A&A 401, 519-530 (2003)
DOI: 10.1051/0004-6361:20030198

The infrared supernova rate in starburst galaxies[*]

F. Mannucci 1 - R. Maiolino2,3 - G. Cresci4 - M. Della Valle2 - L. Vanzi5 - F. Ghinassi6 - V. D. Ivanov5 - N. M. Nagar2 - A. Alonso-Herrero7


1 - Istituto di Radioastronomia, sezione di Firenze, Largo E. Fermi 5, 50125, Firenze, Italy
2 - INAF, Osservatorio Astrofisico di Arcetri, Largo E. Fermi 5, 50125, Firenze, Italy
3 - Dipartimento di Astronomia, Univesità di Roma, via della vasca navale 86, Roma, Italy
4 - Dipartimento di astronomia, Università di Firenze, Largo E. Fermi 5, 50125, Firenze, Italy
5 - ESO, Ave. Alonso de Cordova 3107, Casilla 19, Santiago 19001, Chile
6 - Telescopio Nazionale Galileo, Aptdo de Correos 565, 38700 Santa Cruz de la Palma, Canary Island, Spain
7 - Steward Observatory, Univ. of Arizona, Tucson, AZ85721, USA

Received 13 November 2002 / Accepted 13 February 2003

Abstract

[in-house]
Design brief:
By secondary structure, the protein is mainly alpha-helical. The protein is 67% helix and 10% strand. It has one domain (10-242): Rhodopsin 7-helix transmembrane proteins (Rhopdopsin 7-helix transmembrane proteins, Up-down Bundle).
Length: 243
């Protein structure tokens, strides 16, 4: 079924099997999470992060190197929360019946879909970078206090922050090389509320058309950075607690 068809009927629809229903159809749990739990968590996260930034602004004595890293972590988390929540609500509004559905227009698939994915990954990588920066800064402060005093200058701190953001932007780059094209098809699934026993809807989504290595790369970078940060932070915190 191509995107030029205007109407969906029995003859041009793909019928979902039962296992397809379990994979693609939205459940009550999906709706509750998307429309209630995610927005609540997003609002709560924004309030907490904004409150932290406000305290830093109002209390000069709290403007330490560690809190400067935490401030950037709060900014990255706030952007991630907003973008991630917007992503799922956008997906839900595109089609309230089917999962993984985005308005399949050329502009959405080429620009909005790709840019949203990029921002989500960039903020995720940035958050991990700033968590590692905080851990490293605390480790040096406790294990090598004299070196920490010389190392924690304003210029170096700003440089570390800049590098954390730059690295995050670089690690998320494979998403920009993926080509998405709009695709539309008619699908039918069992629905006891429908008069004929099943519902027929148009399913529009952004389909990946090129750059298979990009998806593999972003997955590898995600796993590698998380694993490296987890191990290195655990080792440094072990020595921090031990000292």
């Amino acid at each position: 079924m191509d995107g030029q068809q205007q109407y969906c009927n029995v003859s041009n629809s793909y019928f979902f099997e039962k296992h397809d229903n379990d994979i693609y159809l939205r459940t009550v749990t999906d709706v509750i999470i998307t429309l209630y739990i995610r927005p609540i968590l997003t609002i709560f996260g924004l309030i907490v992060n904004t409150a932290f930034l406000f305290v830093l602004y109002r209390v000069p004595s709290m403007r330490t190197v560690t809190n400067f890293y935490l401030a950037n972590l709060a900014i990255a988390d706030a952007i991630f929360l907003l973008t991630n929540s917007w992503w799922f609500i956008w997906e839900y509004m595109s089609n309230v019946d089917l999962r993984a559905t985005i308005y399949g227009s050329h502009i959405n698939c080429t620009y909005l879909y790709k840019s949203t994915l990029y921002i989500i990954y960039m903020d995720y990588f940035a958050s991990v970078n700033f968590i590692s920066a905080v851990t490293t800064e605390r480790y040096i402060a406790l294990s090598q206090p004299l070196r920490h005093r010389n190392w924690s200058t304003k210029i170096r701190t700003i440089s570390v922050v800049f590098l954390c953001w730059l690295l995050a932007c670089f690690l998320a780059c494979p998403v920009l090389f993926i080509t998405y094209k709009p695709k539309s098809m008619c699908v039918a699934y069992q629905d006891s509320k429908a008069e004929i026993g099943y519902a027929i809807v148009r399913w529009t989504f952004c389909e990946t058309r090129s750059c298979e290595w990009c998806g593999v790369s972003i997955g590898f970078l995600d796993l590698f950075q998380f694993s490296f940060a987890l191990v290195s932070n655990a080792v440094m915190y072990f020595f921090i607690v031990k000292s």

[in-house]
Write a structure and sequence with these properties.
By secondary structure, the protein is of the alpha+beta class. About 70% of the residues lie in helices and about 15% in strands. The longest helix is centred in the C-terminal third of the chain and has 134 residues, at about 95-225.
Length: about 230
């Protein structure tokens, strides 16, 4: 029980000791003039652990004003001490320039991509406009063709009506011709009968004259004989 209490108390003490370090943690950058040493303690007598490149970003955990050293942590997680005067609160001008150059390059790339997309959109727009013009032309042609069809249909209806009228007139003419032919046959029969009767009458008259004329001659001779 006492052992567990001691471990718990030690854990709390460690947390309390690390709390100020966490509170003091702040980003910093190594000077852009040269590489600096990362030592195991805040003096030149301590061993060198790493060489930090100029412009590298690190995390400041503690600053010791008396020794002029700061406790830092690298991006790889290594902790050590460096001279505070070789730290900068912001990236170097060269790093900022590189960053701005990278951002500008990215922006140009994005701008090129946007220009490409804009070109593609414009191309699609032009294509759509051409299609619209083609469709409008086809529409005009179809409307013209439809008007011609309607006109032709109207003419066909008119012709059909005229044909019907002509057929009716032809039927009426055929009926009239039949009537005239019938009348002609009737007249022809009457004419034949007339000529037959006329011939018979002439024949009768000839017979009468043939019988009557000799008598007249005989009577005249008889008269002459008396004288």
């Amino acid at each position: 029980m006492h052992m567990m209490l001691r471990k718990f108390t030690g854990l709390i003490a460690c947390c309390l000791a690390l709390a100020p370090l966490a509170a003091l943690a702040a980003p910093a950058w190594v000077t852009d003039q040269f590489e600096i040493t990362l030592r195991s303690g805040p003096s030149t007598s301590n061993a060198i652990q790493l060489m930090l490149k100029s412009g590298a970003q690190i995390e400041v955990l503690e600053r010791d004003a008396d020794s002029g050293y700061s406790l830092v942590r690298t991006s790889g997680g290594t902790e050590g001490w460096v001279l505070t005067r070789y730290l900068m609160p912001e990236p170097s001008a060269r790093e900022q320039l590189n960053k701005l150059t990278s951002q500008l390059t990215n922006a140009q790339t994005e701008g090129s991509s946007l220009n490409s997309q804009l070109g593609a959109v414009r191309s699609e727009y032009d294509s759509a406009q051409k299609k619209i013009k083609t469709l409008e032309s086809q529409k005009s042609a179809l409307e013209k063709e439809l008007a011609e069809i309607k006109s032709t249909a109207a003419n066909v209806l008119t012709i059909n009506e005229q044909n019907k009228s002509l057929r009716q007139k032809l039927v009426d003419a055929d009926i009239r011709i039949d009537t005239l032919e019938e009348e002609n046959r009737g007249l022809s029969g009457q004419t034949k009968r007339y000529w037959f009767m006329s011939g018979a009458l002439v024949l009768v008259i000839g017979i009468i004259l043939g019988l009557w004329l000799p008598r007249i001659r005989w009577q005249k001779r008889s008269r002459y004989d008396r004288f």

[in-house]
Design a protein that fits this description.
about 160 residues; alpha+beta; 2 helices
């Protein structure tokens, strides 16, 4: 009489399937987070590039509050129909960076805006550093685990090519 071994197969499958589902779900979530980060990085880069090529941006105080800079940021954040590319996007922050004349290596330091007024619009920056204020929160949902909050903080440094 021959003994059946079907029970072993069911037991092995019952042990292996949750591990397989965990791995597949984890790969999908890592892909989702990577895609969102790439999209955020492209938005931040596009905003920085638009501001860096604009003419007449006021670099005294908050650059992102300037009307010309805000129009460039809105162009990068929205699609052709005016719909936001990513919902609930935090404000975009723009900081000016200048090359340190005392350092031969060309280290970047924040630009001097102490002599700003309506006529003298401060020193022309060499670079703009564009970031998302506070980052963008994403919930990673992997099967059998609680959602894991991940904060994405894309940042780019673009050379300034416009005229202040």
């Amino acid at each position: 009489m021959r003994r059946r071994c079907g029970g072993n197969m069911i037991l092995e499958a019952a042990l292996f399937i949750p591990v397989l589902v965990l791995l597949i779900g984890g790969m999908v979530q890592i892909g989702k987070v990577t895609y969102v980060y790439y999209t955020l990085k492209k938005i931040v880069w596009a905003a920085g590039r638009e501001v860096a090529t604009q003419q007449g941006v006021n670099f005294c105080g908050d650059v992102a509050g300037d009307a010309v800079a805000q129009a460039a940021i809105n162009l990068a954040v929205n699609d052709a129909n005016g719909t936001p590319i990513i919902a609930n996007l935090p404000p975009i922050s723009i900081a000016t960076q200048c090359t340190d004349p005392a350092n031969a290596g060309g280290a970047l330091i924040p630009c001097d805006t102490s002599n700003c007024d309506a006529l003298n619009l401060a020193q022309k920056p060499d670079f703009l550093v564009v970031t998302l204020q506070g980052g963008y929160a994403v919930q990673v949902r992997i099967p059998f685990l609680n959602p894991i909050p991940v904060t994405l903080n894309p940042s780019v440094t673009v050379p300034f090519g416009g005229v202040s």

We report the results of our ongoing search for extincted supernovae (SNe) at near-infrared wavelengths. We have monitored at 2.2 $\mu $m a sample of 46 Luminous Infrared Galaxies and detected 4 SNe. The number of detections is still small but sufficient to provide the first estimate of supernova rate at near-infrared wavelengths. We measure a SN rate of $\rm SN^{{\rm NIR}}_{\rm r}=7.6\pm 3.8$ SNu which is an order of magnitude larger than observed in quiescent galaxies. On the other hand, the observed near-infrared rate is still a factor 3-10 smaller than that estimated from the far-infrared luminosity of the galaxies. Among various possibilities, the most likely scenario is that dust extinction is so high (AV>30) to obscure most SNe even in the near-IR.

The role of type Ia SNe is also discussed within this context. We derive the type Ia SN rate as a function of the stellar mass of the galaxy and find a sharp increase toward galaxies with higher activity of star formation. This suggests that a significant fraction of type Ia SNe are associated with young stellar populations.

Finally, as a by-product, we give the average K-band light curve of core-collapse SNe based on all the existing data, and review the relation between SN rate and far-infrared luminosity.

Key words: supernovae: general - supernovae: individual: SN 1999gd - supernovae: individual: SN 2000bg - infrared: stars


1 Introduction